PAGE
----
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When Trump starts talking about those with 'good genes,' look out

If Trump believes Minnesotans have "good genes," can he explain who he thinks has bad genes?
Image: U.S. President Donald Trump attends a campaign event in Fayetteville
Supporters of President Donald Trump attend a campaign event in Fayetteville, N.C., on Sept. 19, 2020.Tom Brenner / Reuters

Donald Trump will occasionally reference people with "good genes" as a way of praising those he likes. The president has said, for example, that Greg Pence has "good genes" because he's Mike Pence's brother. He thinks Labor Secretary Eugene Scalia has "good genes" because he's Antonin Scalia's son. And so on.

But at his latest campaign rally in Minnesota, Trump took this rhetoric in a different direction. In comments directed at his supporters in attendance, the Republican said:

“You have good genes, you know that, right? You have good genes. A lot of it is about the genes. Isn’t it, don’t you believe? The racehorse theory. You think we’re so different? You have good genes in Minnesota."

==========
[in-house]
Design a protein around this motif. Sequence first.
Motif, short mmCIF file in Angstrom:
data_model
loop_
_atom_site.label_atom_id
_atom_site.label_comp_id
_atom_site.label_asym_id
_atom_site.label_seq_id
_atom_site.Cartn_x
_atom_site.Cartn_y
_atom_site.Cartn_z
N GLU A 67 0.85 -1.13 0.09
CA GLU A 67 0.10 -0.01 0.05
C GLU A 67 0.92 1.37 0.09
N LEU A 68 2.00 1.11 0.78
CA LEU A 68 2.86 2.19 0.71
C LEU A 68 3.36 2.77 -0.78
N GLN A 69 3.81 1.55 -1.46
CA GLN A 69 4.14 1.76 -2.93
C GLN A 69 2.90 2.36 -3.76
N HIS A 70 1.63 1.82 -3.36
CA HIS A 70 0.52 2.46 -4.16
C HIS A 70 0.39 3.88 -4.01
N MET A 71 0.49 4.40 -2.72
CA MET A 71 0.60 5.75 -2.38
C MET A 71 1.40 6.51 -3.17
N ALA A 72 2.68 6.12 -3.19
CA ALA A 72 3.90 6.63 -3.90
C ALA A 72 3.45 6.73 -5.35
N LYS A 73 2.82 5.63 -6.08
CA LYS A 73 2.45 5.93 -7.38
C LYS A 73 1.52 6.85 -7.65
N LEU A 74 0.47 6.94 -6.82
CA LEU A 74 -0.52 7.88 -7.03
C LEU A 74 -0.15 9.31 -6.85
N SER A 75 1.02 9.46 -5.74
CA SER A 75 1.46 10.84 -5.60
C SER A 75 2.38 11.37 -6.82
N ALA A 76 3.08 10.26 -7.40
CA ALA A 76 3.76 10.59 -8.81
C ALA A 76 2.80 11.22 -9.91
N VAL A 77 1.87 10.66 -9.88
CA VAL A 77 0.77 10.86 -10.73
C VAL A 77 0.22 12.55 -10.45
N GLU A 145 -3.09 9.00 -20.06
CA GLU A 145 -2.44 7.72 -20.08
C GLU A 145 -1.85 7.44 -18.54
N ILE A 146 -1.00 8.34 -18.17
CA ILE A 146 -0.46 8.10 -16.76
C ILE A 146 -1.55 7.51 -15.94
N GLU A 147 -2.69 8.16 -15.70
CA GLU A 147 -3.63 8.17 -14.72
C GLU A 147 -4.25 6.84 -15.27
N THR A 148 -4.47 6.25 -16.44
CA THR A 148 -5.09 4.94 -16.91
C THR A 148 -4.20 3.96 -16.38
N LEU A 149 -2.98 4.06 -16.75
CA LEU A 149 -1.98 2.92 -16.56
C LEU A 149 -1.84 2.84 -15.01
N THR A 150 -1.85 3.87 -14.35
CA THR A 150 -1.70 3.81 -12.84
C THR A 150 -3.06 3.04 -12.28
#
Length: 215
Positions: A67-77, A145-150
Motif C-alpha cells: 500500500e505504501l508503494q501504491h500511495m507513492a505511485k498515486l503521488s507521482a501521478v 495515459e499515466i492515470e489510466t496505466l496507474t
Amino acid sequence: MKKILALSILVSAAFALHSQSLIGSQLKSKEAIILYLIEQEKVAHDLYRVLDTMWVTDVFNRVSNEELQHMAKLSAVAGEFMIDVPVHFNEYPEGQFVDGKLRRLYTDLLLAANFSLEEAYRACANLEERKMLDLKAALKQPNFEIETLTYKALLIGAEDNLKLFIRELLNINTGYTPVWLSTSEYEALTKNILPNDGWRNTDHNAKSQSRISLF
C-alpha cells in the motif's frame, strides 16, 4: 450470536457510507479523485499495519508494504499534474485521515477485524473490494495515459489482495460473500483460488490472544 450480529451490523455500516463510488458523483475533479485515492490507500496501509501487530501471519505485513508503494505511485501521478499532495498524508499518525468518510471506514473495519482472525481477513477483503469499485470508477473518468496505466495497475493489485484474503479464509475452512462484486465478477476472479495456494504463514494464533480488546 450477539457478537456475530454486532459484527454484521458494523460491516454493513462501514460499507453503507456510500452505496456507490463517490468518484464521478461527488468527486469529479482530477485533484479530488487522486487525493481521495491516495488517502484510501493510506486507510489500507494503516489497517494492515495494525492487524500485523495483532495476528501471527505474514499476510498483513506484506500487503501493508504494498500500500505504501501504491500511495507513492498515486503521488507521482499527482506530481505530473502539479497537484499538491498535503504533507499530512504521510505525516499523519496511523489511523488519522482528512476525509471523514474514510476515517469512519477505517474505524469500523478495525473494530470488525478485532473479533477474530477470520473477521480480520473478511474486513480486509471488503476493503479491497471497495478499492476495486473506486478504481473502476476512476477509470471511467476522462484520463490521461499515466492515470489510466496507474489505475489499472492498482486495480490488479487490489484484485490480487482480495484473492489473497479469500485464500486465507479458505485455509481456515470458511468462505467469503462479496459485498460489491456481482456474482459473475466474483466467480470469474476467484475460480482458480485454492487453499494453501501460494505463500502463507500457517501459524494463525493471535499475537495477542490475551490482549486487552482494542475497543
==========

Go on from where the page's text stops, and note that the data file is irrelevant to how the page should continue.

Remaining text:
It's not exactly a secret that Trump routinely relies on overt racism, and this appears to be part of the same strain of thought. As a Daily Beast report added, "The 'racehorse theory' of genetics holds that some human beings are born genetically superior to others, and Trump has reportedly attributed his success to his genes."

Of course, in context, it's also worth emphasizing that the president was speaking to a crowd that was overwhelmingly white, in a state that's 84% white.

All of which leads to a couple of follow-up question. First, would Trump be equally quick to praise the "good genes" of people in an area with greater racial and ethnic diversity?

And second, if the president believes Minnesotans have "good genes," can he explain who he thinks has bad genes?